Here’s another tip: If you’re not used to saying no, or even “Let me think about it,” you may be tempted to follow up with a whole list of explanations: why you need time, why you’re not sure, or why you’re saying no. Don’t fall into this trap. People don’t need to know the whys behind your response; you might want to launch into this knee-jerk reaction, just to smooth things over or make your “no” more palatable. But let your response be your response, and leave it at that. Remember: “No” is a full sentence.

Finally, I’ll share one more warning: When you first start using the pause method, chances are, it’s going to feel a little uncomfortable. When you’re used to saying yes without a second thought, it’s normal that a pause or a no would just sound…wrong. That’s OK! Keep practicing this technique. You’ll find that it gets easier – the more you do it, the more effortless it will feel. Nothing feels natural the first time, whether it’s riding a bike or starting a new job. But, over time, it becomes second nature and part of our inner arsenal. Have faith in yourself, knowing that you don’t need to people-please to be liked. You’re good enough all on your own.

Setting Boundaries is Self-Care

We often think about self-care practices as indulgent time at the spa, but using the pause method to help with setting boundaries is the ultimate in caring for yourself (and saving your sanity). You’re also able to show up for the people and tasks you actually do care about. Everything you say no to, after all, allows for more things in your life that you want to say an enthusiastic “Yes!” too.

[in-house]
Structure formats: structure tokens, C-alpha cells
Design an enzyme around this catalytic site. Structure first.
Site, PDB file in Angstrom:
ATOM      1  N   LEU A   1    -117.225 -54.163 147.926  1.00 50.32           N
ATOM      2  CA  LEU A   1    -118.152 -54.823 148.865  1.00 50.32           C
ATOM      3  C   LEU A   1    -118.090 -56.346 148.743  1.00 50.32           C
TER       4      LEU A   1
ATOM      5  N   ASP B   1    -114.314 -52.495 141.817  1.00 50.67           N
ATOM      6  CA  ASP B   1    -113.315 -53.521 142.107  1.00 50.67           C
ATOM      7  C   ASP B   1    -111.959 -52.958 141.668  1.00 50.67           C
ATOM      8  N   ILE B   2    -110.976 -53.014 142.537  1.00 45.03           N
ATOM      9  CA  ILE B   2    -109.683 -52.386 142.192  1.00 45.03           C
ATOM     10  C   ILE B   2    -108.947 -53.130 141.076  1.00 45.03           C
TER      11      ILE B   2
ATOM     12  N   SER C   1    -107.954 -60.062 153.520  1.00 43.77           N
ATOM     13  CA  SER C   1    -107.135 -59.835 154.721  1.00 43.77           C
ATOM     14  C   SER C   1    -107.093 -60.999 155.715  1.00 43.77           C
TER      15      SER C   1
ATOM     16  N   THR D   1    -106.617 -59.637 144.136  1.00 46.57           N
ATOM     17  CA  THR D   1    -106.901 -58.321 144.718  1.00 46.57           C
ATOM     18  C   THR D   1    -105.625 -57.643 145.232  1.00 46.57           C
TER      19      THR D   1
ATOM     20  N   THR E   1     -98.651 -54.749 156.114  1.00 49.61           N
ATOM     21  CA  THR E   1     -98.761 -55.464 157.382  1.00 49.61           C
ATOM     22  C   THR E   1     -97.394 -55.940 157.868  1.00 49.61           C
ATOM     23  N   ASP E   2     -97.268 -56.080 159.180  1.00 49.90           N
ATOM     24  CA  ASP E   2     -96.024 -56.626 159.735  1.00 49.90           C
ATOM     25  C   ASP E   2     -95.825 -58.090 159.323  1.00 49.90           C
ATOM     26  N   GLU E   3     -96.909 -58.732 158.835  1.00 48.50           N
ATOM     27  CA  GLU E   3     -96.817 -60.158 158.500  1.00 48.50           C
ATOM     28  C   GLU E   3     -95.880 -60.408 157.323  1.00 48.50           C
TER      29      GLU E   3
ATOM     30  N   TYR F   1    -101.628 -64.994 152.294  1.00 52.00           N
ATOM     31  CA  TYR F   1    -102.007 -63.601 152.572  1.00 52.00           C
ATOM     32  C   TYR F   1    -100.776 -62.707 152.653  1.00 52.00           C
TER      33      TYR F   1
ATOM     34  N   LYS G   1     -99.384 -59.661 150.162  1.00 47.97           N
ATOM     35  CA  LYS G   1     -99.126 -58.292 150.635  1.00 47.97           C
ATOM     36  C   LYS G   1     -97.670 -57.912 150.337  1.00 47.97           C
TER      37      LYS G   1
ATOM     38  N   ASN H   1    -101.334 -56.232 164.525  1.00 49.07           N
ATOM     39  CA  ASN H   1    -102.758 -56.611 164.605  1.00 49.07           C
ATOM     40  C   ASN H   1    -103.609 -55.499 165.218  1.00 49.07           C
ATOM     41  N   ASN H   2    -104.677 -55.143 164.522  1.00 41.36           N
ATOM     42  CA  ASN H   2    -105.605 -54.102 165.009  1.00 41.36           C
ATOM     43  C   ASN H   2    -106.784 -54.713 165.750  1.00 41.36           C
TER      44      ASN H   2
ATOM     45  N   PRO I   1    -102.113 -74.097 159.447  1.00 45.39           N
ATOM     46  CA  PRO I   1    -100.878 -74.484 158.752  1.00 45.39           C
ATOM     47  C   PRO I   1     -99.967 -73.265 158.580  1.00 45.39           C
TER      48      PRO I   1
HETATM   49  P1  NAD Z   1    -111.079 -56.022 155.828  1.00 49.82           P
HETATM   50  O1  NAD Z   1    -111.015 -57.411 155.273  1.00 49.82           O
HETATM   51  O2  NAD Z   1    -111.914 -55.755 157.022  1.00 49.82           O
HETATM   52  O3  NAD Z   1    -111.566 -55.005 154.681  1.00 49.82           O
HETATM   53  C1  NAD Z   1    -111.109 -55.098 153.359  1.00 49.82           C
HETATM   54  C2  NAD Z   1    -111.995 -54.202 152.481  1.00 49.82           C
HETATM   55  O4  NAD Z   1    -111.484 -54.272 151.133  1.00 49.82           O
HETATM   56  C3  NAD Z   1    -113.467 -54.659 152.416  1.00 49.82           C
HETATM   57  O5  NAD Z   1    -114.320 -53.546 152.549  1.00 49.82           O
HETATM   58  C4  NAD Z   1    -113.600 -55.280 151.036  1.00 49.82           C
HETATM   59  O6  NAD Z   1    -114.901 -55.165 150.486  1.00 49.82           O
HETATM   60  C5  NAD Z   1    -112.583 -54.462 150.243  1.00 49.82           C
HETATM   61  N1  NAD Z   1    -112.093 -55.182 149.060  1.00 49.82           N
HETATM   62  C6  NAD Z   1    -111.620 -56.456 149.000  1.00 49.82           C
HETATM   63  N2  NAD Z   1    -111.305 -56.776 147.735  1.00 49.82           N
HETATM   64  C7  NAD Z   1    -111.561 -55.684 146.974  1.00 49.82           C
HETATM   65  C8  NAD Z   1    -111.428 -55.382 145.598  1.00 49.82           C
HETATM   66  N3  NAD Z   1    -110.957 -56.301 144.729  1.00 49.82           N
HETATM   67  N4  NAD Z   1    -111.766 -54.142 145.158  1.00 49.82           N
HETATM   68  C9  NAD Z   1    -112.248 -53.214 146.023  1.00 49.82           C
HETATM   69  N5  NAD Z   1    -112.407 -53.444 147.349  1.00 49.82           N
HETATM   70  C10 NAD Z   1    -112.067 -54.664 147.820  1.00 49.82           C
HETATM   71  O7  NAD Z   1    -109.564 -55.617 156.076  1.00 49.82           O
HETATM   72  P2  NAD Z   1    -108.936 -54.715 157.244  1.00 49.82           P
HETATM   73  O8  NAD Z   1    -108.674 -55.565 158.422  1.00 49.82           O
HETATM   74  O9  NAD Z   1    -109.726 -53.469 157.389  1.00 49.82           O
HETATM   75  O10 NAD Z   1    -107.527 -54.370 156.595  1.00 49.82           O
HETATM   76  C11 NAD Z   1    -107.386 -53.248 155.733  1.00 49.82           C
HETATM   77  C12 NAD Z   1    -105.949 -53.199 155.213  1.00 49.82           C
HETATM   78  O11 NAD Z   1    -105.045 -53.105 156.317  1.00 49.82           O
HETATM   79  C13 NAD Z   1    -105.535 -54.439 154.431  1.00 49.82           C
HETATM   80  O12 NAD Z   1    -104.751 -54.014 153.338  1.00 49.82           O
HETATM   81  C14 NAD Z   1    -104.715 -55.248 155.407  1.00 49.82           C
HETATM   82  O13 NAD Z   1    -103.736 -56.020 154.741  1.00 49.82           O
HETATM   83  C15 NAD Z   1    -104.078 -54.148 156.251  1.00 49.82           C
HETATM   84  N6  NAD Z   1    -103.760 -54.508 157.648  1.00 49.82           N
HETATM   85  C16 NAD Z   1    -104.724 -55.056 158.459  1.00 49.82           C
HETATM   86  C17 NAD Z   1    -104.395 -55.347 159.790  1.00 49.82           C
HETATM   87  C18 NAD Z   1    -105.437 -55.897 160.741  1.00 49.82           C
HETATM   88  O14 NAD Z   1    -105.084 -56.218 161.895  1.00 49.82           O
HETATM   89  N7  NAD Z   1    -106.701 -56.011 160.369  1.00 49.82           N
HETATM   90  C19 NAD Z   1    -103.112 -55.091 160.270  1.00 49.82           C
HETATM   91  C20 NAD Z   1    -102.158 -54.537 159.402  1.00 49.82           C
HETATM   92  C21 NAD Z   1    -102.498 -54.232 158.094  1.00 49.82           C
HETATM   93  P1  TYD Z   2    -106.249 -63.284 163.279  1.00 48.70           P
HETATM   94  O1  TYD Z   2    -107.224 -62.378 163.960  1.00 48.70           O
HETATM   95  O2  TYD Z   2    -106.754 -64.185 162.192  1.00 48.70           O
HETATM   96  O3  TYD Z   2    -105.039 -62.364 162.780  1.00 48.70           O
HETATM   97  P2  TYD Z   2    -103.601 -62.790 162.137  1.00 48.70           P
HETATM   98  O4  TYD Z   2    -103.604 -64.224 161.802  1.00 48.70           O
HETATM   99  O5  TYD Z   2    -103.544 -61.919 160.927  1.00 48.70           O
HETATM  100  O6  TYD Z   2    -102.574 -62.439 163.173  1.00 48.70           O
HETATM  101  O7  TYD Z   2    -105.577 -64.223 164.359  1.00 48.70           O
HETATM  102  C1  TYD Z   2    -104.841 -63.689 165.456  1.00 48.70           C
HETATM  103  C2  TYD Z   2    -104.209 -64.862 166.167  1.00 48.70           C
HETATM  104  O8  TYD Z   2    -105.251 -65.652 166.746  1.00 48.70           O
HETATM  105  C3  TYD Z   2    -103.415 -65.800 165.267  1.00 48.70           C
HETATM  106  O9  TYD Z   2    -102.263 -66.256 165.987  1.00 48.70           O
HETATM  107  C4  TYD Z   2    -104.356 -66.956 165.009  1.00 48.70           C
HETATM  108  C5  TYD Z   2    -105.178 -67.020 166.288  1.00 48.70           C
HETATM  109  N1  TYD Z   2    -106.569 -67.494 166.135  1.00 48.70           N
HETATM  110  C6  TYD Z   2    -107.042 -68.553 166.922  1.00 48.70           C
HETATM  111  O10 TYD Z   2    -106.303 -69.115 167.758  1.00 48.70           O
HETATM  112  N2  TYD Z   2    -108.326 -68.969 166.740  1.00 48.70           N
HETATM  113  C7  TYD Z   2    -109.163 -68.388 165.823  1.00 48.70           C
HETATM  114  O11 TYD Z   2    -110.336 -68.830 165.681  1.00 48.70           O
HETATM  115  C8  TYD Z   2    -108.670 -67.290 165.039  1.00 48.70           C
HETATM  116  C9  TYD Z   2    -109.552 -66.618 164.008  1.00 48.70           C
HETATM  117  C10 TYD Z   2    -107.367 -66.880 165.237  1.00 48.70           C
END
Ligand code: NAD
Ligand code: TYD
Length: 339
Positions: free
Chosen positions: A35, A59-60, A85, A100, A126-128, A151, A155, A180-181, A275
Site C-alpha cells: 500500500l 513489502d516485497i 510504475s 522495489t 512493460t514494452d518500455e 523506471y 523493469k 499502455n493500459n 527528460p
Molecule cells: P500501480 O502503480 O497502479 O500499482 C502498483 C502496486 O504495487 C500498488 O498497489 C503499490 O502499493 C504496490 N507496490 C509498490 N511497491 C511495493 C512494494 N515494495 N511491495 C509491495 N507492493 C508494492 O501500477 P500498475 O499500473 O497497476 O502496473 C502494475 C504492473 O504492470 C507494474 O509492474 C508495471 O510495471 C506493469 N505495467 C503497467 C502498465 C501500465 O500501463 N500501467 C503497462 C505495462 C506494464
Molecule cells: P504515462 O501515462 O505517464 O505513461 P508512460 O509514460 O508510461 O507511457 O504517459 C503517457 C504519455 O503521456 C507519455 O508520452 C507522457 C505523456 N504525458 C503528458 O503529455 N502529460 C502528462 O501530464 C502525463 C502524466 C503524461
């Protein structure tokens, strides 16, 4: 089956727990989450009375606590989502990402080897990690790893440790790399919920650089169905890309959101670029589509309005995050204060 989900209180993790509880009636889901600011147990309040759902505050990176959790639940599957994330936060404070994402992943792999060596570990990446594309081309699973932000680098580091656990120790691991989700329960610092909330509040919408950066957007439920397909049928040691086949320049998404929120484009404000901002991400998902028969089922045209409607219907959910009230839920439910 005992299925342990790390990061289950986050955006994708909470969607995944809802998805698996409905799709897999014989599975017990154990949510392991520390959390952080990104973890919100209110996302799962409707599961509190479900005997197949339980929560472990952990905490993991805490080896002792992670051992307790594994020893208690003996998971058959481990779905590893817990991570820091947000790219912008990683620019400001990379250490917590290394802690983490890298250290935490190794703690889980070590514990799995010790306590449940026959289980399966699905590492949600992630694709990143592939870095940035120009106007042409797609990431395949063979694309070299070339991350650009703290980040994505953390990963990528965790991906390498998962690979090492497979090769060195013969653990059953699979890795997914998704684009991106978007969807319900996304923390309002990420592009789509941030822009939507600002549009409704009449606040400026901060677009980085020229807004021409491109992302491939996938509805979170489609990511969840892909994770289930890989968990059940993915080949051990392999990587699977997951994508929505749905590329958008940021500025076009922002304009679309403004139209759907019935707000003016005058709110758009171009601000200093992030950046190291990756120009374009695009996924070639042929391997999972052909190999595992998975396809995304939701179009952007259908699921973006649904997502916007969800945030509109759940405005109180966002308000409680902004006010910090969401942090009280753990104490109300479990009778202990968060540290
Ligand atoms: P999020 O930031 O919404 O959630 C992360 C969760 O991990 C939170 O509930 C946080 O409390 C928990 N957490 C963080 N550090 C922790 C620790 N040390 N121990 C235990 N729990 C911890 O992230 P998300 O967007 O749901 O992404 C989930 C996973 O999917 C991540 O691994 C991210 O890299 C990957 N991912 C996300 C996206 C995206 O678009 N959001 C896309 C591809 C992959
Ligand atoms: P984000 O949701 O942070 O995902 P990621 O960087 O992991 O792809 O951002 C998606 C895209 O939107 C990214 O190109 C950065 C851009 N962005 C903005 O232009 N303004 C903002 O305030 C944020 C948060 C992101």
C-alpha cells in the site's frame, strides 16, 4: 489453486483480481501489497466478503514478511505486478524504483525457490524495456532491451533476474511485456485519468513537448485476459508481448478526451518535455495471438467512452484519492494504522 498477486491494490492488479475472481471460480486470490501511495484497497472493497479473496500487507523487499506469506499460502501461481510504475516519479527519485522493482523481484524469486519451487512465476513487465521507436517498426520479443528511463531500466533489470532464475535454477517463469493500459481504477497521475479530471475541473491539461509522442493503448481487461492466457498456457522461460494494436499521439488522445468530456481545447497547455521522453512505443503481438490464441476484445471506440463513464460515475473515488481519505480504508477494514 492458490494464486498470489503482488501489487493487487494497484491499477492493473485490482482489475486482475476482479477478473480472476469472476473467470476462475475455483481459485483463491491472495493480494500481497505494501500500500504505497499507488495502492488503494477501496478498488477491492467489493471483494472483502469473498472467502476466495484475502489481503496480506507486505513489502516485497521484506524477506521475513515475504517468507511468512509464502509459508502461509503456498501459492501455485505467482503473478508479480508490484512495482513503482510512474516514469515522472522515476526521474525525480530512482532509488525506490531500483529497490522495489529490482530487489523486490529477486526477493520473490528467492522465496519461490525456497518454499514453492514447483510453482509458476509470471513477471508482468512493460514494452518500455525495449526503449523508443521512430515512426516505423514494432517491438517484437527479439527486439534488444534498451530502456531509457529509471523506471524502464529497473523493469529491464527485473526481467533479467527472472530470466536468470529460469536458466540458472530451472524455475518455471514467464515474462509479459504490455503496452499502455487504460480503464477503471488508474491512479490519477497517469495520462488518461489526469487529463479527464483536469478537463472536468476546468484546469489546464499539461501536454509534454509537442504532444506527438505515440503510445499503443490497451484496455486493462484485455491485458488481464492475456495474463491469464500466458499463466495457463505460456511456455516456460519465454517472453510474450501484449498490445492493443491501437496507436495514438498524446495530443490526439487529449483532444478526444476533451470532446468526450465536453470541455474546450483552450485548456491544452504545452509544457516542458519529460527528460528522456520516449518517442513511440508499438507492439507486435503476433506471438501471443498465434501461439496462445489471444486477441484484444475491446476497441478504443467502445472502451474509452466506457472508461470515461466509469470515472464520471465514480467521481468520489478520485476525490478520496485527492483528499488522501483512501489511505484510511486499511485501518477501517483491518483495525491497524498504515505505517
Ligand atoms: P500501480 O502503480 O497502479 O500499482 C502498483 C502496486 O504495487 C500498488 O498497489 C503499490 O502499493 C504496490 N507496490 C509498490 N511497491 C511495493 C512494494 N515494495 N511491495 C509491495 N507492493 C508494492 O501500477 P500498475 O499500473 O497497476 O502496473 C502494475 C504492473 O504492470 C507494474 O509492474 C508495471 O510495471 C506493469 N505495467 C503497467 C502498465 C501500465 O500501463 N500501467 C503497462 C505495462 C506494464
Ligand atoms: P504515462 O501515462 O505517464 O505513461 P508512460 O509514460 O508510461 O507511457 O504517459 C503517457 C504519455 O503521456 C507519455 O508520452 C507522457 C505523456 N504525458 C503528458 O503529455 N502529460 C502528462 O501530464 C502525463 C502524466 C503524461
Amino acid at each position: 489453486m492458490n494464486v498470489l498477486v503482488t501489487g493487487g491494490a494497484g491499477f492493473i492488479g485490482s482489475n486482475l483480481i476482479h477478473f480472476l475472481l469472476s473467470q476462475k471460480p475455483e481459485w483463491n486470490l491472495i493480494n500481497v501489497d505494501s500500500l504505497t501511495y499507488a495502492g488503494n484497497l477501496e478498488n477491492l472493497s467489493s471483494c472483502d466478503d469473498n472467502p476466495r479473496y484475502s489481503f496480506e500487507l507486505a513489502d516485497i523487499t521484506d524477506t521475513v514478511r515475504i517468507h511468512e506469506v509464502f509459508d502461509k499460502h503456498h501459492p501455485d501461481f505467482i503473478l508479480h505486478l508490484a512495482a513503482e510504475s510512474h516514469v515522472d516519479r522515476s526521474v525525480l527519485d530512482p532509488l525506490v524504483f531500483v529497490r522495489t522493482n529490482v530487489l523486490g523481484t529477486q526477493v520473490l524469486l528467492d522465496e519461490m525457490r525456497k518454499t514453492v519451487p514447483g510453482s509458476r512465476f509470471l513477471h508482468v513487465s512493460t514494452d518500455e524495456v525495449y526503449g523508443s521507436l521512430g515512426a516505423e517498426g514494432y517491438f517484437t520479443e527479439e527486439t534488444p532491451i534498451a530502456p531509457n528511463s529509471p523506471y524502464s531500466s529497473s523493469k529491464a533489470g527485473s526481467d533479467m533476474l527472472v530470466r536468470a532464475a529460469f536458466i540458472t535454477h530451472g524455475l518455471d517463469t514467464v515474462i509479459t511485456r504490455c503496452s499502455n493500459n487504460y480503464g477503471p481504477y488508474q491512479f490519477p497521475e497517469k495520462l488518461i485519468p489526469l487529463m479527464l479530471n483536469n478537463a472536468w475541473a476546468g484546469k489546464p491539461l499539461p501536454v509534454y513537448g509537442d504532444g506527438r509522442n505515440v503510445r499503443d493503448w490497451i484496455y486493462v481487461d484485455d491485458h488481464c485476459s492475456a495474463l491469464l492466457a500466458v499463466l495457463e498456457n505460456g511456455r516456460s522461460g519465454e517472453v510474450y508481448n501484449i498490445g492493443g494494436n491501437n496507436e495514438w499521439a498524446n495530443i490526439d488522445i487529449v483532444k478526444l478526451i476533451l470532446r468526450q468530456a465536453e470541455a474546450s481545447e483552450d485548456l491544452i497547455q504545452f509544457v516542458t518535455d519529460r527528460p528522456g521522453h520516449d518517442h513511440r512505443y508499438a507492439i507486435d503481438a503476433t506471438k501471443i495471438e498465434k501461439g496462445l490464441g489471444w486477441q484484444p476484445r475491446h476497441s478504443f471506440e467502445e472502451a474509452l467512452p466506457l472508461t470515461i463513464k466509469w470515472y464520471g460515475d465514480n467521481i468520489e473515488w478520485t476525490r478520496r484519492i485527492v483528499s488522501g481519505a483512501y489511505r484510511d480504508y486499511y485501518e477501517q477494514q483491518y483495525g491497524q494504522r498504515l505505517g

As someone with trauma in her past, including difficult family members, I found that setting boundaries was such a key skill for me to learn – and it’s something we can use in every area of our lives, from work and school to home and family gatherings.

Here are some quick reminders as you practice the pause method:

  • Get clear, for yourself, on your own wants, needs, and priorities. It’s difficult to set boundaries when you’re not sure of your own best-case scenarios.
  • Communicate your needs clearly and without excess emotion. It’s easy for people to get us all riled up or ready to argue, but when we act from a place of reaction instead of response, we can escalate things and make situations even worse.
  • Stick to your word. Those who have trouble with boundaries become known as pushovers. When you don’t hold firm, people can have a tendency to roll over you. Remember to use the pause method whenever someone asks you to do something for them, especially if you’ve already told them no.
  • Give yourself some love. It can be scary at first to stand up for yourself. Be prepared to calm yourself if needed after you’ve achieved this, especially in the beginning.
  • Don’t forget to congratulate yourself – you’re now well on your way to creating healthier boundaries in relationships with everyone you know!

You can start using the pause method today. The next time someone asks you for a favor, practice saying, “Let me think about it.” You may be surprised how easy it can be.

Find out more about my journey to learning how to say no in my memoir, The Relentless Courage of a Scared Child, from BrainMD.

Tana Amen, BSN, RN